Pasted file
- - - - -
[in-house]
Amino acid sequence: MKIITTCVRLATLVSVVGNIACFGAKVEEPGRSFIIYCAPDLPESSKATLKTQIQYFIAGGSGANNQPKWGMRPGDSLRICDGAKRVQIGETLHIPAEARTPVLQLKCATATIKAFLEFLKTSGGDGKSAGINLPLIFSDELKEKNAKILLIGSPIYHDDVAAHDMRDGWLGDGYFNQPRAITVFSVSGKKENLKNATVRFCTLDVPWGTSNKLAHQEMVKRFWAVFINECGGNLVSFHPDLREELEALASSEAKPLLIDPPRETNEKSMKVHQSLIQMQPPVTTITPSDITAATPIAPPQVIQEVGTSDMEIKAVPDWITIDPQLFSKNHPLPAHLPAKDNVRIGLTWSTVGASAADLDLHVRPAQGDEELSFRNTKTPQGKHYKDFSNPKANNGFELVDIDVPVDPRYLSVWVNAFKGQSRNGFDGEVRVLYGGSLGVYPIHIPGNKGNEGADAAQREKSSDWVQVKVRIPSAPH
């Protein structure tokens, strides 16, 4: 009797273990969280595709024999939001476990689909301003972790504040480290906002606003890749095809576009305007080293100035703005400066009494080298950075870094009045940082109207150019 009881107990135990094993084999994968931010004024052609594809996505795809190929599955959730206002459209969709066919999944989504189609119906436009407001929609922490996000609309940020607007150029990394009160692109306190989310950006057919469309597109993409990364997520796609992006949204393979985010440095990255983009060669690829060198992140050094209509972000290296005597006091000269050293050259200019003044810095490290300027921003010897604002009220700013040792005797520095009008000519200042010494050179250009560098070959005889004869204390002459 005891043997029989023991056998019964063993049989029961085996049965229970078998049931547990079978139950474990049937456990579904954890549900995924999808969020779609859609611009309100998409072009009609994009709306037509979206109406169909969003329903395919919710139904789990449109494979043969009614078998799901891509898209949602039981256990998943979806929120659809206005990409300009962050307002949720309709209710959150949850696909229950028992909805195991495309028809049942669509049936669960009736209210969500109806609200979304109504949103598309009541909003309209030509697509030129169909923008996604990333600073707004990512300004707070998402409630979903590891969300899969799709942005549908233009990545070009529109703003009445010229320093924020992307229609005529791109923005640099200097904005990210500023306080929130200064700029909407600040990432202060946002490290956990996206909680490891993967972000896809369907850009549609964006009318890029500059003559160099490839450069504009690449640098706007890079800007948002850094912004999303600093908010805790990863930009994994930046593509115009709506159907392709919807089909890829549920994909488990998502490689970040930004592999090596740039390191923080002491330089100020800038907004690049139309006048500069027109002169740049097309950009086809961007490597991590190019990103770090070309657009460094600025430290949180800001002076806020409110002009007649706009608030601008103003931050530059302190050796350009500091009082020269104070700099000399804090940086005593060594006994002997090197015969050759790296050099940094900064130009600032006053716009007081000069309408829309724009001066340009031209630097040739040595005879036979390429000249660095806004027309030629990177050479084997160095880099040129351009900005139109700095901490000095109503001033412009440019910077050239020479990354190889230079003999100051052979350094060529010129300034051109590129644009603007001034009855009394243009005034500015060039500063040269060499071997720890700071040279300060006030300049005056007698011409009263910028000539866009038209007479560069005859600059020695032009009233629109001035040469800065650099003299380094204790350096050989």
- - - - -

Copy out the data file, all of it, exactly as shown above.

[in-house]
Amino acid sequence: MKIITTCVRLATLVSVVGNIACFGAKVEEPGRSFIIYCAPDLPESSKATLKTQIQYFIAGGSGANNQPKWGMRPGDSLRICDGAKRVQIGETLHIPAEARTPVLQLKCATATIKAFLEFLKTSGGDGKSAGINLPLIFSDELKEKNAKILLIGSPIYHDDVAAHDMRDGWLGDGYFNQPRAITVFSVSGKKENLKNATVRFCTLDVPWGTSNKLAHQEMVKRFWAVFINECGGNLVSFHPDLREELEALASSEAKPLLIDPPRETNEKSMKVHQSLIQMQPPVTTITPSDITAATPIAPPQVIQEVGTSDMEIKAVPDWITIDPQLFSKNHPLPAHLPAKDNVRIGLTWSTVGASAADLDLHVRPAQGDEELSFRNTKTPQGKHYKDFSNPKANNGFELVDIDVPVDPRYLSVWVNAFKGQSRNGFDGEVRVLYGGSLGVYPIHIPGNKGNEGADAAQREKSSDWVQVKVRIPSAPH
């Protein structure tokens, strides 16, 4: 009797273990969280595709024999939001476990689909301003972790504040480290906002606003890749095809576009305007080293100035703005400066009494080298950075870094009045940082109207150019 009881107990135990094993084999994968931010004024052609594809996505795809190929599955959730206002459209969709066919999944989504189609119906436009407001929609922490996000609309940020607007150029990394009160692109306190989310950006057919469309597109993409990364997520796609992006949204393979985010440095990255983009060669690829060198992140050094209509972000290296005597006091000269050293050259200019003044810095490290300027921003010897604002009220700013040792005797520095009008000519200042010494050179250009560098070959005889004869204390002459 005891043997029989023991056998019964063993049989029961085996049965229970078998049931547990079978139950474990049937456990579904954890549900995924999808969020779609859609611009309100998409072009009609994009709306037509979206109406169909969003329903395919919710139904789990449109494979043969009614078998799901891509898209949602039981256990998943979806929120659809206005990409300009962050307002949720309709209710959150949850696909229950028992909805195991495309028809049942669509049936669960009736209210969500109806609200979304109504949103598309009541909003309209030509697509030129169909923008996604990333600073707004990512300004707070998402409630979903590891969300899969799709942005549908233009990545070009529109703003009445010229320093924020992307229609005529791109923005640099200097904005990210500023306080929130200064700029909407600040990432202060946002490290956990996206909680490891993967972000896809369907850009549609964006009318890029500059003559160099490839450069504009690449640098706007890079800007948002850094912004999303600093908010805790990863930009994994930046593509115009709506159907392709919807089909890829549920994909488990998502490689970040930004592999090596740039390191923080002491330089100020800038907004690049139309006048500069027109002169740049097309950009086809961007490597991590190019990103770090070309657009460094600025430290949180800001002076806020409110002009007649706009608030601008103003931050530059302190050796350009500091009082020269104070700099000399804090940086005593060594006994002997090197015969050759790296050099940094900064130009600032006053716009007081000069309408829309724009001066340009031209630097040739040595005879036979390429000249660095806004027309030629990177050479084997160095880099040129351009900005139109700095901490000095109503001033412009440019910077050239020479990354190889230079003999100051052979350094060529010129300034051109590129644009603007001034009855009394243009005034500015060039500063040269060499071997720890700071040279300060006030300049005056007698011409009263910028000539866009038209007479560069005859600059020695032009009233629109001035040469800065650099003299380094204790350096050989």